Just about anyone that has put on waders and thrown out decoys has had a destination, species or hunt that they always wanted to take. The hunt of a lifetime for me may be very different for you. Either hunt can be filled with memories that will be forever etched in your mind, whether good or bad.
But, if you didn’t do your homework this hunt of a lifetime can turn into a very expensive and time-consuming nightmare. There are some basic questions as well as some deeper questions that need to be asked when you are planning out such a trip.
My recent trip of a lifetime was to Boston, Massachusetts, with professional guide Randy Drago who owns and operates Codfather Charters.
It was everything I wanted and then some. But I had already asked the questions so I knew what I was getting. I knew we would be in layout boats bobbing around in the ocean. It would be cold and wet with no blind with a roof over my head. I knew what the legal limits were on the birds we were after. I knew we would be taking a boat out into the bays of the Atlantic Ocean.
So, let’s go over some things you need to plan out to ensure you have a great trip.
- Is it a guide or outfitter?
- Do you want them to pick you up at the airport and take you to a lodge with a hot meal ready for your arrival?
- Do you need to book a room somewhere and plan on eating out every meal?
- What level of service do you want?
These are a couple of the biggest questions you need to ask yourself when you begin this process.
- Who is the one spear heading the trip?
My good friend Dylan Sing was the one who put the trip into motion and stayed on top of things to make it truly a trip to remember. He set up a group text/email and made everything completely transparent. Even if something happened to him, we all could see the texts and knew who, what, when and where it was taking place.
- Who are you going with?
Most waterfowl hunts are designed to be with friends or family. This is when you need to know the people you hunt with and know who you will enjoy spending time with.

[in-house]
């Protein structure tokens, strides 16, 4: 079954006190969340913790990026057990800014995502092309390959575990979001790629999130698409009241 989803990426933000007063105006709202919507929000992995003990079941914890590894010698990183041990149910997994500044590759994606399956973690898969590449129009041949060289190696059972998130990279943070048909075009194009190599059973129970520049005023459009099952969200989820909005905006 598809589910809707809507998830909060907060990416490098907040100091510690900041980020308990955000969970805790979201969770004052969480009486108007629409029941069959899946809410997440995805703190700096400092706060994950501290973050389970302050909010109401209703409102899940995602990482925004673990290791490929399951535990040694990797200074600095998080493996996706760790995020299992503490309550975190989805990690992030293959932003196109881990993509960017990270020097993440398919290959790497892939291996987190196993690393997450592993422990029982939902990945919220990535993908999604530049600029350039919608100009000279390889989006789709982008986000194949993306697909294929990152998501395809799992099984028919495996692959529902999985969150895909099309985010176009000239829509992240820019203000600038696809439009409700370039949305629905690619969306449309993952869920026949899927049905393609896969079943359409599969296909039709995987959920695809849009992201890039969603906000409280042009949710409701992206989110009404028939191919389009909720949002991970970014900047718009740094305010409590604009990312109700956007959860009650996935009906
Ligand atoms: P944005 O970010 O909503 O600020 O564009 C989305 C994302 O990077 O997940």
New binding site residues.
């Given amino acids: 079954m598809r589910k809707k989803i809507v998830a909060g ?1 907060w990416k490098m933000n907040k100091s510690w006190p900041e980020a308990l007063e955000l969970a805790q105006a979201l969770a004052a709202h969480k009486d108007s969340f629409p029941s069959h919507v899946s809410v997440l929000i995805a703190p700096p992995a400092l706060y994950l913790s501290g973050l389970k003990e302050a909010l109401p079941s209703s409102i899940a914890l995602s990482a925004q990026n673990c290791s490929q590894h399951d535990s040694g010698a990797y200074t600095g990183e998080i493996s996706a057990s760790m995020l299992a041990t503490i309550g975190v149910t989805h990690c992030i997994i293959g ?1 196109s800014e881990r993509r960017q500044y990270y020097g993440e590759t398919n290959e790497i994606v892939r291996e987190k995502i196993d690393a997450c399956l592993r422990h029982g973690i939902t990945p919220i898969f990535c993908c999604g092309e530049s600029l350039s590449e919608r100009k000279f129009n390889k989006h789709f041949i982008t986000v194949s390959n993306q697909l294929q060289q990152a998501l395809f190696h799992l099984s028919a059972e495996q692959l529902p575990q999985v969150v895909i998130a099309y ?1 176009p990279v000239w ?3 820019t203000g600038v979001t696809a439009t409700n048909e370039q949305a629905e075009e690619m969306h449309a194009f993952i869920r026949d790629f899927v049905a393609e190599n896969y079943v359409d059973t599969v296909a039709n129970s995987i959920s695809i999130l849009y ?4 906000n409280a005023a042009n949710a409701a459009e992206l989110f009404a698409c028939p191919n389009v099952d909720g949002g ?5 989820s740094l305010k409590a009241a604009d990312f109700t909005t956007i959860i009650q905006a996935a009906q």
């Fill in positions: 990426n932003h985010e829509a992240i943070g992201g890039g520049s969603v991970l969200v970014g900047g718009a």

- Does your guide require a certain amount of people to book?
- Do they require a deposit?
- What is the refund policy?
Most of your hunting partners will want to know the answers to these questions.
Once you and your group decide on a hunt and date, someone will need to be in charge of the money. If you wait until the last minute, you will certainly have people back out on you and possibly ruin the entire trip. Get a set amount up front and that way everyone has skin in the game and is more vested in the hunt. If the hunt is $1,500 a head, you need to try and get $500 in 3 installments to keep everyone in the loop. After the hunt is paid for, start looking at things like transportation, room and board or anything else like that. Things such as tips will be up to each individual member of the hunting party.
Things like a non-resident hunting license, shells, food, gas, car rental and whatnot are always going to be a part of a trip of a lifetime. Yes, you need to set a budget and plan for something going wrong and costing more money. When we found out that nonresidents can’t purchase ammo in Massachusetts, we had our ammo shipped to the outfitter. Small things like this will add up to much fewer headaches and a lot more enjoyment.
- What equipment do you need?
- Do you need to bring a gun?
- Chest Waders? Calls?
- Can I bring my dog?
Ask your guide what gear you will need and plan accordingly.
- What are the goals of the trip?
- Do you want limits?
- A certain species? Black Duck, Pintail, Canvasback, Oldsqauw, Eider?
- Are the goals of the group similar?
When we booked our trip, Randy asked us specifically what we wanted. This is a sign of a legit guide who wants his clients to be happy and get the hunt THEY want….not what the guide wants.
- Are you bringing a spouse or non-hunter?
Some outfitters don’t allow non-paid hunters to come. So ask and clarify before you book the trip.
- Are you wanting to play golf at the famous course nearby?
- Are you wanting to go snow skiing after the hunt? Are you wanting to go look at lighthouses or historic venues?
If so, try and line these activities up as early as possible.
We booked our hunt in March 2020 and hunted in January 2021 and Randy Drago only had a pair of 3-day hunts left. Booking early will give you some options and give everyone time to get money together and schedule vacation time.
Look for recommendations.
Get on the internet and ask the guide for recommendations. Talk to some folks and see what they say.
If you measure the success of the hunt by the amount birds on the strap or try to figure out how many dollars per bird it costs, then you will probably not enjoy the trip near as much as you should. Soak it all in and enjoy it.
I would hate to know how many people just throw some money in a bowl and book a guide and let the chips fall where they may. If you truly want a hunt of a lifetime, a little planning goes a long ways to ensure it will be just that, a trip of a lifetime.